Coleus is the horticultural easy button, one that’s been pressed time and time again since the Victorian days. It grows in planter boxes at the indoor mall. It grows in many a new gardener’s first mixed container—sometimes being the last plant standing by August. It grew in a glass of water on the desk of a black-thumbed friend of mine. And because its interest lies in its highly colorful, textural leaves, coleus contributes to the garden spring through fall.
Now, some gardeners may balk at the thought of growing something so common, and others may cringe at such foliar flamboyance. Coleus stands up to both criticisms, though, thanks to the number and diversity of its named varieties. Want a challenge? Choose the craziest coleus on the bench and create a combination with it as the star. Not a fan of heavily patterned leaves? There are fine solid varieties out there, though you may need to search, or start them from seed (also easy!).
Despite the number of varieties already available, breeders continue to create more coleus, many of which do present improvements, such as greater sun tolerance, novel leaf shape and better branching and habit. With coleus, there’s never a dull moment.
Two varieties from Proven Winners earned high marks at plant trials conducted by Cornell University and Colorado State University. ColorBlaze Apple Brandy, with yellow-edged red leaves, was named best trial coleus at the latter’s Fort Collins garden in 2015. It made the list of top 10 annuals at Cornell’s Ithaca, N.Y. trials, while ColorBlaze Velveteen was named a Season-long Top Performer at that institution’s Long Island trial. Velveteen combines hot pink, deep maroon and a touch of lime in its leaves. Both varieties were bred for outstanding heat tolerance and very late bloom, besides their looks. (Coleus foliage can begin to decline after the plant blooms, so a later bloom time makes it more likely the plant will look terrific into fall, without the added maintenance of removing flower buds.)
Apple Brandy and Velveteen are both upright coleus, but trailing and mounding varieties also exist, and these expand the design possibilities. For a good trailing coleus, try Lava Rose, with small, nearly round leaves in a similar color pattern to Velveteen. A mounded variety with enormous leaves, meanwhile, is King Crab, a member of Hort Couture’s Under the Sea series. This coleus shows vivid red and yellow color, plus curiously fringed leaf edges—the crab’s pinchers.
The above-mentioned coleus offer vividly patterned leaves, but there are many understated varieties available, too, which can look elegant alone in a container or blend most easily into a combination planting. Henna has leaf edges similar to those of King Crab, but its foliage is a mellow chartreuse on top (sometimes with a touch of copper), with hot pink undersides. Mint Mocha offers an interesting leaf shape, too, in its so-called duck’s foot leaves. These are deeply serrated, giving the plant an extremely frilly look. Its color is light green with subtle flecks of red and yellow.
Chocolate Mint is a personal favorite that I started from seed this year. It has deep, dark maroon leaves with a thin margin of cool green. A small grouping of just Chocolate Mint looks elegant, but it also works very well in combinations, adding weight behind pink-, peach- or white-flowered impatiens. I placed it with ‘Cherry Splash’, which has palest pink petals around a cherry-red eye.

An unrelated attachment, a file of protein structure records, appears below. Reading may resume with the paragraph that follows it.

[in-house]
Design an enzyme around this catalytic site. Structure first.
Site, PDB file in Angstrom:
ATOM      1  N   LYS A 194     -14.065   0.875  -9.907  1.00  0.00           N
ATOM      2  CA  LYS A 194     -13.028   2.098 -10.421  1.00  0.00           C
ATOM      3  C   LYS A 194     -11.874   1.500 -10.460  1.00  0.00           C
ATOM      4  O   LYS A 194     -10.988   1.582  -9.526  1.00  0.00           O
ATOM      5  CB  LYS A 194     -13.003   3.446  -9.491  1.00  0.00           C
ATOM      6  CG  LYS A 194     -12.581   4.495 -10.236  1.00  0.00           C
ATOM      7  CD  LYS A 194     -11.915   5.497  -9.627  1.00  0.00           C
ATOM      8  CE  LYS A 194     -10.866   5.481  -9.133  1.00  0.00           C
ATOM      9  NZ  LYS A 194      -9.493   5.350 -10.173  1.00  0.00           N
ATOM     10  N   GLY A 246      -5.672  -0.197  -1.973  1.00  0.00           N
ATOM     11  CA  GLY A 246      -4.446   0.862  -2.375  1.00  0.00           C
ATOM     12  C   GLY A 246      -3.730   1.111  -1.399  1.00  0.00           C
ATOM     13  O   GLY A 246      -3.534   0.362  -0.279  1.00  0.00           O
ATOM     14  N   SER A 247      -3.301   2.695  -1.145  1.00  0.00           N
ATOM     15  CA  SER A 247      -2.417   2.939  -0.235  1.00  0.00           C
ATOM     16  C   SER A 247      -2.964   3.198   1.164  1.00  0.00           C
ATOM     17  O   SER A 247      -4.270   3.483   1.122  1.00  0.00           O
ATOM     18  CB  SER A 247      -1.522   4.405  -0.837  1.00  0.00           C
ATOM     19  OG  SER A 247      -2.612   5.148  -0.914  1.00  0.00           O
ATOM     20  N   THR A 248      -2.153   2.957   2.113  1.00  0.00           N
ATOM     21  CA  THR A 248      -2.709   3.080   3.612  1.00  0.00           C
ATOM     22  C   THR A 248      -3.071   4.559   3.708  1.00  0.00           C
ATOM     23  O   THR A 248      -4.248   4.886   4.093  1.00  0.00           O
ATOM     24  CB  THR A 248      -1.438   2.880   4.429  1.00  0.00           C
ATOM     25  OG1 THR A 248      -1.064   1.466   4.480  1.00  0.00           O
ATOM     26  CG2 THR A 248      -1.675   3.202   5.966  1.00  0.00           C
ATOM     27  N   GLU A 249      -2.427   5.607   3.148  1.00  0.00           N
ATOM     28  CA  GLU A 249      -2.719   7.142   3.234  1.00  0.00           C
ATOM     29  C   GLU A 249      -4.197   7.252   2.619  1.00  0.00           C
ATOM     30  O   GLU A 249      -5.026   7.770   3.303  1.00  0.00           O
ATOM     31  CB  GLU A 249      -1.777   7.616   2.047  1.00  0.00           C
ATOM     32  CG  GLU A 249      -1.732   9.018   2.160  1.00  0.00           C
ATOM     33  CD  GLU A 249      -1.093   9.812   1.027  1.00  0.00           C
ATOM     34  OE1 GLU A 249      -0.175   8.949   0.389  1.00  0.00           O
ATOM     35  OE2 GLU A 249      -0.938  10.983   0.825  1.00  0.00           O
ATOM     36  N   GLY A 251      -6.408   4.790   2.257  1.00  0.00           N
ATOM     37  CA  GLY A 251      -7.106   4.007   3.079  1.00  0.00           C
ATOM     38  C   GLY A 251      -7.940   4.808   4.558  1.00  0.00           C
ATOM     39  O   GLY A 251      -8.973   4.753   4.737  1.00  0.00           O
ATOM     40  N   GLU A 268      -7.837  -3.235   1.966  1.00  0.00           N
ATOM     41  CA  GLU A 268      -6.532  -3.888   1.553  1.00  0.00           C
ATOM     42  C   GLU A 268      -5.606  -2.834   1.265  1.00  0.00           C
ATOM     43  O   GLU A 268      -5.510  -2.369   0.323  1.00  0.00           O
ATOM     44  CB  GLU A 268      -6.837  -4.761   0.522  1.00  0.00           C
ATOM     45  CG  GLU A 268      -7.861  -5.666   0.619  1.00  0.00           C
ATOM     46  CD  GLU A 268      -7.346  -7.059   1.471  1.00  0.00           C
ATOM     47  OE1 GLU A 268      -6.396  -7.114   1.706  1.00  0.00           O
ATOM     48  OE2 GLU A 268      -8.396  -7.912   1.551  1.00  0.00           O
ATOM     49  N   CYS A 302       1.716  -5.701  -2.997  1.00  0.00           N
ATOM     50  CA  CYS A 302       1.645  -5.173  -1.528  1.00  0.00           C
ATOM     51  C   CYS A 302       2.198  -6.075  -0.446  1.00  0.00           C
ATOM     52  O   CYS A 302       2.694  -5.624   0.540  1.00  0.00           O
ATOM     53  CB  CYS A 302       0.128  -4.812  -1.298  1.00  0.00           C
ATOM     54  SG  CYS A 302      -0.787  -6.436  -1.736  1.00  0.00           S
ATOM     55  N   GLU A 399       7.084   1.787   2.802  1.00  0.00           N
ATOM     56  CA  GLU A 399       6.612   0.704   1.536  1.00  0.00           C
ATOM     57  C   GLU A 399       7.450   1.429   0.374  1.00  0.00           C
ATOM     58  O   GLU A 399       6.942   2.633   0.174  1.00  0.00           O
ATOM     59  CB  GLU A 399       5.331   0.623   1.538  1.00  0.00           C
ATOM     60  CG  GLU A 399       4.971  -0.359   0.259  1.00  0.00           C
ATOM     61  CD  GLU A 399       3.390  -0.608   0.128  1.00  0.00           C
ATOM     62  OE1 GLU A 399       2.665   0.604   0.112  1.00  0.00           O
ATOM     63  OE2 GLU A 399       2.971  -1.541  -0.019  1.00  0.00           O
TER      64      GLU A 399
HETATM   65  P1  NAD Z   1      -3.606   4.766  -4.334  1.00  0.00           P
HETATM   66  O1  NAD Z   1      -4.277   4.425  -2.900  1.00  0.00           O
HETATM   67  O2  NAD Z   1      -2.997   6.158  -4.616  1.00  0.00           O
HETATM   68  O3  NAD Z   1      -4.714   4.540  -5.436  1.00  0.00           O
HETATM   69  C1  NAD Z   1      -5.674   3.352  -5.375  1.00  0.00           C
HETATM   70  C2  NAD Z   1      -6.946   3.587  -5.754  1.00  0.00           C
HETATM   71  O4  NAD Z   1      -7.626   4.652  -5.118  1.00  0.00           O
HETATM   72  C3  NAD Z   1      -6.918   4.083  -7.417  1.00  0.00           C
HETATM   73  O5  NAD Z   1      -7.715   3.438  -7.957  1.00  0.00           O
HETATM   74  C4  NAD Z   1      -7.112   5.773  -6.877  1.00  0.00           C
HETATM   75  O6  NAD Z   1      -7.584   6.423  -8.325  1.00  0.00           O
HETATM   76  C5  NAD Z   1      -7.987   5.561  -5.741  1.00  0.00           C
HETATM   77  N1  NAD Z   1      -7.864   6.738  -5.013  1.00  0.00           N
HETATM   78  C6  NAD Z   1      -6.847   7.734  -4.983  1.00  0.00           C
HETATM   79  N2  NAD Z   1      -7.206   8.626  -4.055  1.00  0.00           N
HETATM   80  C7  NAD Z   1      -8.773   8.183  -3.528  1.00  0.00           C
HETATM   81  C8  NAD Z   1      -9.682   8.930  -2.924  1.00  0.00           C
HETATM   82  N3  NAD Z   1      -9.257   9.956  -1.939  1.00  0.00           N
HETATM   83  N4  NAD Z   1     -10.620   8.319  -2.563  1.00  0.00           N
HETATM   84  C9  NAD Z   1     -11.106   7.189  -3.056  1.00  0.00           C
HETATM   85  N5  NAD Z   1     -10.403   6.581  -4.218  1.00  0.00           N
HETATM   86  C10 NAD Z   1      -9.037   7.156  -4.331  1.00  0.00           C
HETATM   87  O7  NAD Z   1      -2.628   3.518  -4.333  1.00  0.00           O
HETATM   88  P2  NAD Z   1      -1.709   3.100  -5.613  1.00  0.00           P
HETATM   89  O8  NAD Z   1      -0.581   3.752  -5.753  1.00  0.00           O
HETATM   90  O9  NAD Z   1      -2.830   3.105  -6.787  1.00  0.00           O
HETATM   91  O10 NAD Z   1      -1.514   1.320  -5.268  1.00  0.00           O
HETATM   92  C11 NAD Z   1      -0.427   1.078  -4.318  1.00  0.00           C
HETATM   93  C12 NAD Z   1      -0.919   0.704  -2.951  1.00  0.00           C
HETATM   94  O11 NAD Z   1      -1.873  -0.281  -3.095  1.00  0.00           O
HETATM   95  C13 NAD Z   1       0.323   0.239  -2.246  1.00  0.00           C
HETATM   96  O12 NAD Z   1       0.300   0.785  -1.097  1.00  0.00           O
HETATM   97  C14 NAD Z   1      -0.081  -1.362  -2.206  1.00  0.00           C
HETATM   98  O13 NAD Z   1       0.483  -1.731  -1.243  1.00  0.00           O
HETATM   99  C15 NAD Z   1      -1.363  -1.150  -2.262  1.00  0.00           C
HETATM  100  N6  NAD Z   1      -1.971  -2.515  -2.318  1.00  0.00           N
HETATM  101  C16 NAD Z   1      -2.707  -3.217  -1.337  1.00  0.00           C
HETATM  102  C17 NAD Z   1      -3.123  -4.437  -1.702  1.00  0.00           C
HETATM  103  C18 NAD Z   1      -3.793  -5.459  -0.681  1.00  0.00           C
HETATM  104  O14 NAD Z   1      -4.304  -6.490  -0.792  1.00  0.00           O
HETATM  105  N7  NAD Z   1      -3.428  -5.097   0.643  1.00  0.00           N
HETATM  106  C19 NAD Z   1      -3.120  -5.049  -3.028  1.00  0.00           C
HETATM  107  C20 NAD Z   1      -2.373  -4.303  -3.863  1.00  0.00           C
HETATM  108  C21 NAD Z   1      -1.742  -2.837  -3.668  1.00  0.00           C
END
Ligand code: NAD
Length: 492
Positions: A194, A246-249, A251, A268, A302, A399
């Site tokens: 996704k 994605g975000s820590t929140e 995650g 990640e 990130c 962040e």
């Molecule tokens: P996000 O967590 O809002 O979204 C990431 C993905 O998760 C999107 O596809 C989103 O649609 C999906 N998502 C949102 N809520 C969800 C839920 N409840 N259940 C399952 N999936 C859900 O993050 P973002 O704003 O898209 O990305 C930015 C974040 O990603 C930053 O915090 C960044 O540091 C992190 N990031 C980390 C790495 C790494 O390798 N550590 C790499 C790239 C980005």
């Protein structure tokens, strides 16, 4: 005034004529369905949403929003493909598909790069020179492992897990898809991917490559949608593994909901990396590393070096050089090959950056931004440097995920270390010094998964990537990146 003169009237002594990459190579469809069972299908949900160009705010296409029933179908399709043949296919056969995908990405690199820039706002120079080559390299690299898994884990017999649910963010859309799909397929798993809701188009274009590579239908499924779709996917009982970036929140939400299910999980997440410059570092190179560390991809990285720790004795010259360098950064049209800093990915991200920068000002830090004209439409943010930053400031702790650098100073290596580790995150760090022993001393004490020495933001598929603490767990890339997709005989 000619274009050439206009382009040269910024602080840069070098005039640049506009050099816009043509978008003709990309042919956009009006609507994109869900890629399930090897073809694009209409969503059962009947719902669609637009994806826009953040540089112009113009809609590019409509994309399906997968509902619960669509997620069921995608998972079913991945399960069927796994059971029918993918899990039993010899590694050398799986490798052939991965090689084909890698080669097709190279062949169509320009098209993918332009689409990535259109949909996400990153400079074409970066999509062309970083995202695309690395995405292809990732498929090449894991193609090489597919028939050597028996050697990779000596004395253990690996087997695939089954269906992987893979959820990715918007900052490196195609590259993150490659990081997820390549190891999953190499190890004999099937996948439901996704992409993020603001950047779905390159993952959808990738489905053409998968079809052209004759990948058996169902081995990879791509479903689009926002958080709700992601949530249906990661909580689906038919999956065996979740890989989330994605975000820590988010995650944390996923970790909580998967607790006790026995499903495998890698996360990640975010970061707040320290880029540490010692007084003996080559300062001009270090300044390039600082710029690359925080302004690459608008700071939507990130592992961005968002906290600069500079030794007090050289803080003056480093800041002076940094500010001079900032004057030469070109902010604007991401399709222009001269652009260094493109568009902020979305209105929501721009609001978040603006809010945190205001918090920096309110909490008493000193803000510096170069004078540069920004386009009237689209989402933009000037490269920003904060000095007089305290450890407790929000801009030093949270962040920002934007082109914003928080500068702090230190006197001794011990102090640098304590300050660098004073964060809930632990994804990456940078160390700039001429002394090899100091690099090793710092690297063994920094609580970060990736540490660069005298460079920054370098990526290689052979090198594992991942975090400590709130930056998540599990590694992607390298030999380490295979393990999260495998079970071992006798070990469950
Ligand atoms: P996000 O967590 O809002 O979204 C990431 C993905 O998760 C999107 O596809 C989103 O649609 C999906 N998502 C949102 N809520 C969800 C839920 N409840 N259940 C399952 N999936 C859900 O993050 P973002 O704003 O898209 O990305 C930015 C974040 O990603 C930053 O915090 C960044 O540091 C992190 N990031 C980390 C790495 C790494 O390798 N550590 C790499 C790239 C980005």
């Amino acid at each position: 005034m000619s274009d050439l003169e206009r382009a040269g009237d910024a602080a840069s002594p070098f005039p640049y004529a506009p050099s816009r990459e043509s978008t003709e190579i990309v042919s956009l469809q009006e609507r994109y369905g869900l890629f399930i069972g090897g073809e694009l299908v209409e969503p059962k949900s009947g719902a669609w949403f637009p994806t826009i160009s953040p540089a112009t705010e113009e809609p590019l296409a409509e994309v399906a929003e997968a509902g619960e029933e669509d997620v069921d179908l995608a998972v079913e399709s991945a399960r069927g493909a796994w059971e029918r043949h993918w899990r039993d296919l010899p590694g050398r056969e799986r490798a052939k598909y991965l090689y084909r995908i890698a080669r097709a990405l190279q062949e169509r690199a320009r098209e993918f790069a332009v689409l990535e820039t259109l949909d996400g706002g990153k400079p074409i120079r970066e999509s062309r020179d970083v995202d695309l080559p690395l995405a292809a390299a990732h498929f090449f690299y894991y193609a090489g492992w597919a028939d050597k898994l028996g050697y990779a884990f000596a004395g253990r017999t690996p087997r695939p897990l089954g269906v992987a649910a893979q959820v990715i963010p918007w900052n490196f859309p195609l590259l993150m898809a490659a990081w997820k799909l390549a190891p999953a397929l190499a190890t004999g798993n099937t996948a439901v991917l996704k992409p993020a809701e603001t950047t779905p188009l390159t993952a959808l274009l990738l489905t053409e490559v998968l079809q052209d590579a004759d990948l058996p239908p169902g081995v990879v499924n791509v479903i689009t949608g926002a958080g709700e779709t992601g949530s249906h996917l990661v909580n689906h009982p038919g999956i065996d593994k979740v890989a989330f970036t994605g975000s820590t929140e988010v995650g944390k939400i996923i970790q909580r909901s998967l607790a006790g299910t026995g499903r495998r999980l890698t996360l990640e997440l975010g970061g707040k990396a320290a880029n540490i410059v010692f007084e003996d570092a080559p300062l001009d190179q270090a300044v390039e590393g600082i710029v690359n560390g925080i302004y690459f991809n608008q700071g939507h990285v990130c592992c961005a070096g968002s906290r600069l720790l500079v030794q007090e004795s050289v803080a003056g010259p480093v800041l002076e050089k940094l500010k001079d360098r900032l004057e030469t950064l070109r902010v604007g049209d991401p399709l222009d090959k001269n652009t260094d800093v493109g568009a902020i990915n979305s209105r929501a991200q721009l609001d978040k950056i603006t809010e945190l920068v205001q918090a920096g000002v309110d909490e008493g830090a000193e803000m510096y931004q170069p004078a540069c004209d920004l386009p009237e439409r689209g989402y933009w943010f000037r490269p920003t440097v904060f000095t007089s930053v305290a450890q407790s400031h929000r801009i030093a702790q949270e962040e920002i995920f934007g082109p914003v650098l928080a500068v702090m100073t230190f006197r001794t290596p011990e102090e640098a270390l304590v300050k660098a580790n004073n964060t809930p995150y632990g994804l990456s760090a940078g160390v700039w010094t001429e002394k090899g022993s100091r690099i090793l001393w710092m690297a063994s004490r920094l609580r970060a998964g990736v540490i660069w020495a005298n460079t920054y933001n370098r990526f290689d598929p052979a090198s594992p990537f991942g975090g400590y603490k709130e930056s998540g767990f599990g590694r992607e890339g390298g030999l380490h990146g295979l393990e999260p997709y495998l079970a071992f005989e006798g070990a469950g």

For a warm-tone solid leaf, look for Ruby Slippers or Inferno. The former shows up rich red while the latter smolders orange. Both are brand new, so for now you may need to settle for the varieties they’re said to improve upon. Ruby Slippers is billed as a betterment of the popular Redhead, with deeper color and a more compact habit. Inferno boasts bolder color than the usual go-to orange selection, Campfire. With any of these selections, though, whether they’re older or newer, you just can’t go wrong.
- Coleus are tropical perennials most often grown as annuals
- Plant coleus outside when nighttime temperatures remain above 60˚F
- They tolerate full shade, but filtered sun or part shade brings out their best leaf color and keeps their shape stocky
- Many varieties have been bred to take full sun, including those in the Wizard, Marquee and Stained Glassworks series
- In general, darker varieties can take more sun while light-colored varieties need more shade, particularly in the afternoon, to protect against leaf scorch
Water moderately, keeping the soil neither dry nor wet
- Pinch all the stems back to just between two leaves every few weeks to encourage bushiness and remove flower buds, as flowering can lead to foliage decline
- Coleus can be wintered as houseplants, or take cuttings at the end of the growing season to root indoors and use as next year’s plants
How to Propagate Coleus
It’s easy to start your own coleus from seed or by cuttings of existing plants.
Start seed indoors 8 to 12 weeks before your last expected frost, aiming to plant the seedlings out in the garden when nighttime temperatures remain in the 60s. Sow the seeds on top of seed-starting mix, pressing them lightly into the mix but not burying them, because they require light to germinate. Keep the mix warm (about 70˚F) and moist but not wet. Seeds typically sprout within 10 days; after the seedlings have one or two sets of true leaves they can be moved to larger containers.
To start new coleus from stem cuttings, simply snip a 2- to 4-inch length of stem, remove the lowest pair of leaves and insert the stem in water or moist potting mix so that those leaf nodes sit below the surface. Roots will grow from them. Placing the container inside a plastic bag can help keep the cuttings from drying out while they take root.
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